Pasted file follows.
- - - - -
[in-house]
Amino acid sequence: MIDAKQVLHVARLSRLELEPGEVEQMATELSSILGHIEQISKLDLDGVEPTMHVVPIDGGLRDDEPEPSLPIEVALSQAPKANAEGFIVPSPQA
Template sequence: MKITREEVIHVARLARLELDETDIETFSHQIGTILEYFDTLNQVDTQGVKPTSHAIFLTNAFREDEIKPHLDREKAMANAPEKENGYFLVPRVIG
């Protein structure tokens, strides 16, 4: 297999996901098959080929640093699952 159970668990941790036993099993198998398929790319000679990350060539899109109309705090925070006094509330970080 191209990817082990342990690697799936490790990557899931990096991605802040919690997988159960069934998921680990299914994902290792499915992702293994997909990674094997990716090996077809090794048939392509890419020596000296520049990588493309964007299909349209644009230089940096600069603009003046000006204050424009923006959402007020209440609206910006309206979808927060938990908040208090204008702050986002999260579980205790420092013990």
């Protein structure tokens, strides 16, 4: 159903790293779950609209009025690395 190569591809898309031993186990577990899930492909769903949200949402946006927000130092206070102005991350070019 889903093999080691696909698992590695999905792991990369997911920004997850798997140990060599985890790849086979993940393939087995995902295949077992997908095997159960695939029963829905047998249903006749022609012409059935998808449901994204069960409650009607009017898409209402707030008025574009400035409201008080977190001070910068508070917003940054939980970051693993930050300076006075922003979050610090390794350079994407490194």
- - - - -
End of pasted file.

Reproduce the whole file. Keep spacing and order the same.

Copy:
[in-house]
Amino acid sequence: MIDAKQVLHVARLSRLELEPGEVEQMATELSSILGHIEQISKLDLDGVEPTMHVVPIDGGLRDDEPEPSLPIEVALSQAPKANAEGFIVPSPQA
Template sequence: MKITREEVIHVARLARLELDETDIETFSHQIGTILEYFDTLNQVDTQGVKPTSHAIFLTNAFREDEIKPHLDREKAMANAPEKENGYFLVPRVIG
């Protein structure tokens, strides 16, 4: 297999996901098959080929640093699952 159970668990941790036993099993198998398929790319000679990350060539899109109309705090925070006094509330970080 191209990817082990342990690697799936490790990557899931990096991605802040919690997988159960069934998921680990299914994902290792499915992702293994997909990674094997990716090996077809090794048939392509890419020596000296520049990588493309964007299909349209644009230089940096600069603009003046000006204050424009923006959402007020209440609206910006309206979808927060938990908040208090204008702050986002999260579980205790420092013990």
């Protein structure tokens, strides 16, 4: 159903790293779950609209009025690395 190569591809898309031993186990577990899930492909769903949200949402946006927000130092206070102005991350070019 889903093999080691696909698992590695999905792991990369997911920004997850798997140990060599985890790849086979993940393939087995995902295949077992997908095997159960695939029963829905047998249903006749022609012409059935998808449901994204069960409650009607009017898409209402707030008025574009400035409201008080977190001070910068508070917003940054939980970051693993930050300076006075922003979050610090390794350079994407490194």